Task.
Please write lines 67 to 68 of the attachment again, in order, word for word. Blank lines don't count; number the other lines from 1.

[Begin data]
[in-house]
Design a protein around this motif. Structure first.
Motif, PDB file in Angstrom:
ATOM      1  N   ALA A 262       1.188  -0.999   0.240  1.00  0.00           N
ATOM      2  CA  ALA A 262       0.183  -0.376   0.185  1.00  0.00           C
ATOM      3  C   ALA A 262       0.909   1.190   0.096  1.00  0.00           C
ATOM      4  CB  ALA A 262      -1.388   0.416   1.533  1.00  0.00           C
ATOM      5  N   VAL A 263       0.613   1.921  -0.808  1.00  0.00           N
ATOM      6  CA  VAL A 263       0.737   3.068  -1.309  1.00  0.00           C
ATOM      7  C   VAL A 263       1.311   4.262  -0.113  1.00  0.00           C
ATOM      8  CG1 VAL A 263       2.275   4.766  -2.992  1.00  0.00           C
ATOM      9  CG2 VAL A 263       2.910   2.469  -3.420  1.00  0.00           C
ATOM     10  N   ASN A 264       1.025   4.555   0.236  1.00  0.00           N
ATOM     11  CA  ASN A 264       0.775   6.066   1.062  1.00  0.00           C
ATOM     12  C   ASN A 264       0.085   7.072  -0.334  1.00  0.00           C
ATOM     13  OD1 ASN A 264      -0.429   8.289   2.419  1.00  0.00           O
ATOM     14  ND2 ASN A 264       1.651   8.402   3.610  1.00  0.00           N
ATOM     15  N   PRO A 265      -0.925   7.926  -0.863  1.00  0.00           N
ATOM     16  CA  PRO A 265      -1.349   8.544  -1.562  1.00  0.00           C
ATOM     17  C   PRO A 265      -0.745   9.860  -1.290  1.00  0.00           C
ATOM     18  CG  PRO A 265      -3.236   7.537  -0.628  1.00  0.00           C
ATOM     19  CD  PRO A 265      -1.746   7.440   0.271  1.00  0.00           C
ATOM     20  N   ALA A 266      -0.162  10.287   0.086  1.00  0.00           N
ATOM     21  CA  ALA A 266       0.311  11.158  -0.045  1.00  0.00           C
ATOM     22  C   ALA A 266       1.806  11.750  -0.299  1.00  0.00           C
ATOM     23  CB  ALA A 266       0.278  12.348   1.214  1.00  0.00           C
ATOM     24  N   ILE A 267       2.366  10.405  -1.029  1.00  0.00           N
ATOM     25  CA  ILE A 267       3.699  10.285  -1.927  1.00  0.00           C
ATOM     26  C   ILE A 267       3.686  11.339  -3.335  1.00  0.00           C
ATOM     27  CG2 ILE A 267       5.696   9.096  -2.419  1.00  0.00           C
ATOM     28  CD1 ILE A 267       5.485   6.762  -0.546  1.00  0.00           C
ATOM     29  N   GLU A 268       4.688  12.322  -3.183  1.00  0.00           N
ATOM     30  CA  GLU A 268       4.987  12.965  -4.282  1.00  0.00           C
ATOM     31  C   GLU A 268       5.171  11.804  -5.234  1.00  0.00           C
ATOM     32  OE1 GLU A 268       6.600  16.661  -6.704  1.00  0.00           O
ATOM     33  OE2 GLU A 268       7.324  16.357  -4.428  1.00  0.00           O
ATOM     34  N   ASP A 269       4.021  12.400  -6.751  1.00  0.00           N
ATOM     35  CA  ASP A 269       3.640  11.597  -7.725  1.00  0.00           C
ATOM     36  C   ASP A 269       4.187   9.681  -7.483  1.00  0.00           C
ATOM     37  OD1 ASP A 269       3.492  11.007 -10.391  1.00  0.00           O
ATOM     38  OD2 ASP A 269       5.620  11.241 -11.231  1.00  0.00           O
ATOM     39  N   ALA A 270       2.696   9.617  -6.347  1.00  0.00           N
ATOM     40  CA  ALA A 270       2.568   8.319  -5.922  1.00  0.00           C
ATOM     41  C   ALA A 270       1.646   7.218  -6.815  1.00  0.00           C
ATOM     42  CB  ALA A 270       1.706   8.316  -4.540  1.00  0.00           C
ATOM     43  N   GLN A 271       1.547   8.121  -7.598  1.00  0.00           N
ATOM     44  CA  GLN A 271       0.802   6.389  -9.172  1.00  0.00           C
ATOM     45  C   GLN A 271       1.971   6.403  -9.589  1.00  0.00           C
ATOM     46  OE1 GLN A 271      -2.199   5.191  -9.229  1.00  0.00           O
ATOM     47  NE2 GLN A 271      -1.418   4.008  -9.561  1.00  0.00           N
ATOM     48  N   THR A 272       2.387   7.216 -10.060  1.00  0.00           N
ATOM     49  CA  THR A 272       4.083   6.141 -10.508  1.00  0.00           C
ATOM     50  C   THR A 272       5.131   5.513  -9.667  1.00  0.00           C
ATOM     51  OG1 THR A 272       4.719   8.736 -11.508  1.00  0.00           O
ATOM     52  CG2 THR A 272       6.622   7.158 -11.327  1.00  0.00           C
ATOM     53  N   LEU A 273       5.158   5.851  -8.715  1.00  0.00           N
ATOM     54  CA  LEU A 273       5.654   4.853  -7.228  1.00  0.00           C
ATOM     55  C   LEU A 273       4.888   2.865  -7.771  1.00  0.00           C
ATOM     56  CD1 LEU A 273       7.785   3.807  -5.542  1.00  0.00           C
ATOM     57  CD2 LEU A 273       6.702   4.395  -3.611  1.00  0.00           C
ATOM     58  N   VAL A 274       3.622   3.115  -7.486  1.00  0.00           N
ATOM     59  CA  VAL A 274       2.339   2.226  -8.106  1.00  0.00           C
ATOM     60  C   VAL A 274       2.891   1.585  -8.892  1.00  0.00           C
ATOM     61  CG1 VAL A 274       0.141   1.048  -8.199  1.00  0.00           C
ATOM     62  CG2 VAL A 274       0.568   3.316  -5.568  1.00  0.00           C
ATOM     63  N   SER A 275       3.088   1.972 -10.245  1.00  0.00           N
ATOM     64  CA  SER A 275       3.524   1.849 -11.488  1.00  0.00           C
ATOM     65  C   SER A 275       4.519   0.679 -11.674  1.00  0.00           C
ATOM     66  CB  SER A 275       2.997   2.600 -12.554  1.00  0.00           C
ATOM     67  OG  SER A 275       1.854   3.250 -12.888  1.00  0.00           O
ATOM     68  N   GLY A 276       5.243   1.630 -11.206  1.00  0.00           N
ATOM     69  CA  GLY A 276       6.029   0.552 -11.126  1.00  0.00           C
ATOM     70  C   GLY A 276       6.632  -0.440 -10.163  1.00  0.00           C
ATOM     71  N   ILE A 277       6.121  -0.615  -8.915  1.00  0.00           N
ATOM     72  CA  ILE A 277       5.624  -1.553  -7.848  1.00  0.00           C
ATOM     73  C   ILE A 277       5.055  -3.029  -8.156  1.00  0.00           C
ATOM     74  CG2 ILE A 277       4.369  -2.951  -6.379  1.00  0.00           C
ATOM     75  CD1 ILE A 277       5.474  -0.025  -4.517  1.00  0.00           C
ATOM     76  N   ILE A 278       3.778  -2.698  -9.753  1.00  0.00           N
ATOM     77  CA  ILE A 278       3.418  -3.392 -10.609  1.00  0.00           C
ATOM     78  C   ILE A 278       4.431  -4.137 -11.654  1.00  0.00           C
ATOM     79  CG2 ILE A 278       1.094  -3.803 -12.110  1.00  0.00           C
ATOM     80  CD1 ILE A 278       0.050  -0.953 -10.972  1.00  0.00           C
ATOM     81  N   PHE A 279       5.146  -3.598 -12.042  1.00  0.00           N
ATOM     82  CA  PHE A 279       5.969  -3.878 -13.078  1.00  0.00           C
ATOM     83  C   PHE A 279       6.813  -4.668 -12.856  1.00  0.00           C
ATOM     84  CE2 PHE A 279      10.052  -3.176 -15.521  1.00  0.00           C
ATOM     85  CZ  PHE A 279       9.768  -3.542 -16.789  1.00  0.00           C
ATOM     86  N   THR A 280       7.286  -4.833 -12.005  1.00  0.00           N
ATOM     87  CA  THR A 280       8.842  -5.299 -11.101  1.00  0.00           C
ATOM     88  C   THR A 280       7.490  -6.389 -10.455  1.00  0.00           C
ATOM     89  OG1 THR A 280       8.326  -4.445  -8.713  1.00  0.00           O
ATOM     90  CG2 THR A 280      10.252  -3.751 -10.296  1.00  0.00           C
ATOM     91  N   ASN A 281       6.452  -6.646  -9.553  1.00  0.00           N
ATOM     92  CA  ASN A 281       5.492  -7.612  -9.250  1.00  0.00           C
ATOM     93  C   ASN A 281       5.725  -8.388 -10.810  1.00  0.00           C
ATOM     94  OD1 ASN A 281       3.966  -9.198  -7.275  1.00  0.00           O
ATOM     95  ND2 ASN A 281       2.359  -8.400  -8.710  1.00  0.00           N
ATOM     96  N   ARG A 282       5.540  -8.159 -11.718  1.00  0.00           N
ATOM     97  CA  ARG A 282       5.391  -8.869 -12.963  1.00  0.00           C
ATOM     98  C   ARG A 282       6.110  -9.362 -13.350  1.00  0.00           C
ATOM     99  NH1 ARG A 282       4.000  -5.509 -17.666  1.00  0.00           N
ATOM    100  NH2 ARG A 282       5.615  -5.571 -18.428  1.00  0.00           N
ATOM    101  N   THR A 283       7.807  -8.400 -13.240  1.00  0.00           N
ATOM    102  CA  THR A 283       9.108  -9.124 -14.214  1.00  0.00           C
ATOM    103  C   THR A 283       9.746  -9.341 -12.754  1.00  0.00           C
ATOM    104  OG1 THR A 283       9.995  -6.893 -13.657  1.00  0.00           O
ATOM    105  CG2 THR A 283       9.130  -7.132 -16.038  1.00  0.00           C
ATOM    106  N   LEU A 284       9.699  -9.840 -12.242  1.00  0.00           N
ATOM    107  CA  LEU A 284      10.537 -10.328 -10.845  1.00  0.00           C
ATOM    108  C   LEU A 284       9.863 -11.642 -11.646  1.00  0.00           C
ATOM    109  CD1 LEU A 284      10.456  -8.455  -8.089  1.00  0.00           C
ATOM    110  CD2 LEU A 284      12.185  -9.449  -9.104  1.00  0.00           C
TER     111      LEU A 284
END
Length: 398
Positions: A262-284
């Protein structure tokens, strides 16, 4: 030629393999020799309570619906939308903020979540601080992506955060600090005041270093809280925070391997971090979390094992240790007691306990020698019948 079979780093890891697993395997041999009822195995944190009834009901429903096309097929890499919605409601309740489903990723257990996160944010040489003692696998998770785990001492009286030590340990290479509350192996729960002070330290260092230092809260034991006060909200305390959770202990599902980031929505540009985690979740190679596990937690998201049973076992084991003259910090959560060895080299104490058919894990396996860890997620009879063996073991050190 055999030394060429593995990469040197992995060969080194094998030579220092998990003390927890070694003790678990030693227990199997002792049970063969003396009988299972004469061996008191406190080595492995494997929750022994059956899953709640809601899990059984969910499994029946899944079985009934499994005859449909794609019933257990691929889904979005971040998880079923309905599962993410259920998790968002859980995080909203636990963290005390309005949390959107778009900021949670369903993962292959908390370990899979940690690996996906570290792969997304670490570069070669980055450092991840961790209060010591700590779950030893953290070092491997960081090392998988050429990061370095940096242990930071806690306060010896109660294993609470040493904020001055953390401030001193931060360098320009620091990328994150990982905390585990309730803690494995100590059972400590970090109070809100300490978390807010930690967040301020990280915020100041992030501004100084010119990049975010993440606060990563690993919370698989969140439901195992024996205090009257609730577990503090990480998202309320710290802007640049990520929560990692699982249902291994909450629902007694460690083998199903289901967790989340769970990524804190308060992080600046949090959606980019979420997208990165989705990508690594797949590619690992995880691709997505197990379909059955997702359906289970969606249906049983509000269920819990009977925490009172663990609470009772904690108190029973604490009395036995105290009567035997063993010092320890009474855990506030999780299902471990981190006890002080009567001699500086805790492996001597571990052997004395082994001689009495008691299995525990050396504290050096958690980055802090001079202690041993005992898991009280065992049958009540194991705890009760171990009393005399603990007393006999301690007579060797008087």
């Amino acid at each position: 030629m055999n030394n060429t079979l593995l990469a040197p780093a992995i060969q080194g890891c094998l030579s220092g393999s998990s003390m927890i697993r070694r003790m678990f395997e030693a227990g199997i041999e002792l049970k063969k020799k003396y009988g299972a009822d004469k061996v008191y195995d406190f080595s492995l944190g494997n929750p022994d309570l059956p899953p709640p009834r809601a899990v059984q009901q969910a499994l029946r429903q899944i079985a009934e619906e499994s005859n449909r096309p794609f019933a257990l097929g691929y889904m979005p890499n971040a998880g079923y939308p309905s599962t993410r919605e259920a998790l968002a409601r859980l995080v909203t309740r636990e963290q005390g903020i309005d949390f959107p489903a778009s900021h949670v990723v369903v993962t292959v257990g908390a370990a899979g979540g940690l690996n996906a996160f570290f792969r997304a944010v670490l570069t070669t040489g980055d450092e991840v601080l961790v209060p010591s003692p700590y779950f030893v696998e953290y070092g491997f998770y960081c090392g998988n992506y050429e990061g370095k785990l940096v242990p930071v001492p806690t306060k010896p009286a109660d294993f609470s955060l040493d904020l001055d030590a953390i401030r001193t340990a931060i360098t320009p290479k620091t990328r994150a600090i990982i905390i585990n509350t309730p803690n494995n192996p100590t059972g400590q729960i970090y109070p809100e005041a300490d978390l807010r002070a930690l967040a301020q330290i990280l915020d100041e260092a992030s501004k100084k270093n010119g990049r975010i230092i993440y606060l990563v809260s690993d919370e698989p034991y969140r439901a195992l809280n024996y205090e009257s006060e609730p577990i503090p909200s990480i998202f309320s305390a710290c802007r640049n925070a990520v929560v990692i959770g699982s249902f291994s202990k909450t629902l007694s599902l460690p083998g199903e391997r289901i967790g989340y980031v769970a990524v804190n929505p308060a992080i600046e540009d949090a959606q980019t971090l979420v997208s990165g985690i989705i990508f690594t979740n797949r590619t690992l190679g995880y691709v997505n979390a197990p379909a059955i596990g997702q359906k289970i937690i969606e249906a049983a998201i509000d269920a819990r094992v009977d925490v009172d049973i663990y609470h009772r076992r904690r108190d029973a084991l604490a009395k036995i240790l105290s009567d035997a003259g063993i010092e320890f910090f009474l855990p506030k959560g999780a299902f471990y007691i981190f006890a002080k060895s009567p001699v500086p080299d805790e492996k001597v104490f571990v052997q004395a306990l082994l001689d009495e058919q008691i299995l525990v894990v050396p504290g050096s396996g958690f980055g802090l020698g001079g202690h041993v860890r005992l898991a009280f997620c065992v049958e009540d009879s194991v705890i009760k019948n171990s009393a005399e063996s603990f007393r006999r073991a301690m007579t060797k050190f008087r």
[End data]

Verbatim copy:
ATOM     64  CA  SER A 275       3.524   1.849 -11.488  1.00  0.00           C
ATOM     65  C   SER A 275       4.519   0.679 -11.674  1.00  0.00           C